Tax preparation – Its time to get on top of your financial records

It is nearly that time of year again in terms of tax preparation with 30 June approaching.  Are you more organised than you have been in the past or is this something you are dreading having to do?

One of the main reasons many people delay filing their taxes is that they are disorganised.  They don’t know where all the information is and they are not really sure what they actually need.  People dread having to search and process information and thus put it off as long as they possibly can.  It really doesn’t have to be that big a deal and it just requires you to have a designated system that you follow every year.  Don’t let the paper clutter and the process of finding the information overwhelm you!

I recently discussed tax time preparation with Stacey PriceSohpie Price Photo from Healthy Business Finances and between the two of us we hope these 10 tips assist you no matter what stage of organisation or disorganisation you are at when it comes to tax time!

  1. Address details – consider if you have moved address during the year.  You don’t want your annual payment summary from your employer to be posted to the wrong address.  This is also really important if you have changed jobs during the year – let your previous employer know where to send your payment summary.
  2. Bank accounts – usually on your last statement for the financial year the bank accounts will tell you your interest earned.  You don’t need to give your tax accountant every single statement for the year – but that final one is important.
  3. Health insurance statement – you will need your annual health statement for your tax return.  Most funds email them out – so again, check they have the right details.
  4. Email and manual tax folders – we suggest starting a folder in your email directory called “tax 2015 financial year” – that way when you receive receipts, statements, payment summaries – they are all stored in the one spot and easily found.  You can also set up a manual one if you haven’t already.  This is then something you should start for the next financial year too.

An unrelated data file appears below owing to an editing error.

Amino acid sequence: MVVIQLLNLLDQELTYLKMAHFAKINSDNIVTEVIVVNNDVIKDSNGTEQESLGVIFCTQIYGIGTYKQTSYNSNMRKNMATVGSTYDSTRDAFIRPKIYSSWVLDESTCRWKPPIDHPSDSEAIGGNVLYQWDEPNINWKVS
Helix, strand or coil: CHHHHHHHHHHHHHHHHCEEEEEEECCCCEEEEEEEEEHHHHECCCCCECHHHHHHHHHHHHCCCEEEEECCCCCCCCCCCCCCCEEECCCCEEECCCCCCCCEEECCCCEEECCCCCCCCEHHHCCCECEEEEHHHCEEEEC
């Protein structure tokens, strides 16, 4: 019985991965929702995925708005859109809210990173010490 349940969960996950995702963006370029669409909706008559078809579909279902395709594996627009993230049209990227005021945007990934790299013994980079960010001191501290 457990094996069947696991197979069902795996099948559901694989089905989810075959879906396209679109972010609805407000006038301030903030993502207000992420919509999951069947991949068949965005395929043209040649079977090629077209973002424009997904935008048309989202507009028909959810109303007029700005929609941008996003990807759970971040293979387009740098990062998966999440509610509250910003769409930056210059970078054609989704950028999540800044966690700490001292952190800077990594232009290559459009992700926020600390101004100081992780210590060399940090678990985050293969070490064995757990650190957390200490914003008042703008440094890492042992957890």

5. Rental Property – if you use a rental agent, they should provide you with a statement detailing your income and expenses for the property for the year.  This annual statement is gold and will form part of your tax return.
  6. Dividends – if you own shares, during the year you may receive dividends.  Often by the time tax time comes around the fiddly dividend pieces of paper can be filed anywhere!  If you struggle to keep the paperwork in order, then I suggest printing statements from your share provider – such as computershare or investor centre – wherever the shares are held.  Then you can just print out a yearly summary.
  7. Tax Deductions – do you need a way to capture small receipts during the year that are tax deductions?  Usually the biggest ones are for donations ie daffodil day pens, ANZAC poppies – a few dollars here and there soon add up but the receipts are nowhere to be seen.  One way is to take photos of them on your phone, email them to yourself and save the email in the directory you setup in your inbox called “Tax 2015 financial year”.
  8. Don’t know what you need – then it might be time to pull out last years tax return as a refresher.  As a result of this you might like to put together a checklist of all the documents you might need.  If you do this then save it in your tax folder either manual or electronic.
  9. Storing tax information – only keep the documents of the current year and the previous year close to where you work.  Reduce the amount of paper and files by putting previous years tax information elsewhere in your home, labeled appropriately. If you are not sure what needs to be saved and for how long then please ask your accountant or visit the ATO so you know!
  10. Destroying tax information – You don’t need to keep all your information for ever and once you understand how long you must hold onto records for you can then destroy older information and can then do this on a yearly basis by destroying the relevant year.

One final point is that individuals can now lodge tax returns via MYGOV (ATO free service) so if you don’t already have a MYGOV account, it might be good to set that up before tax time to avoid any issues with connecting it all up and passwords when things get hectic.

You may need to invest some time to get on top of this but there is an upside – the more organised you can be the more likelihood of you completing your taxes on time and with less stress.  Who knows in the future you may then not dread this task that we all must do!

If after reading these tips you still feel you would like some help please contact me – and I can assist you to get the information better organised.  If however it is financial assistance or lodgement advice you need then please contact Stacey –


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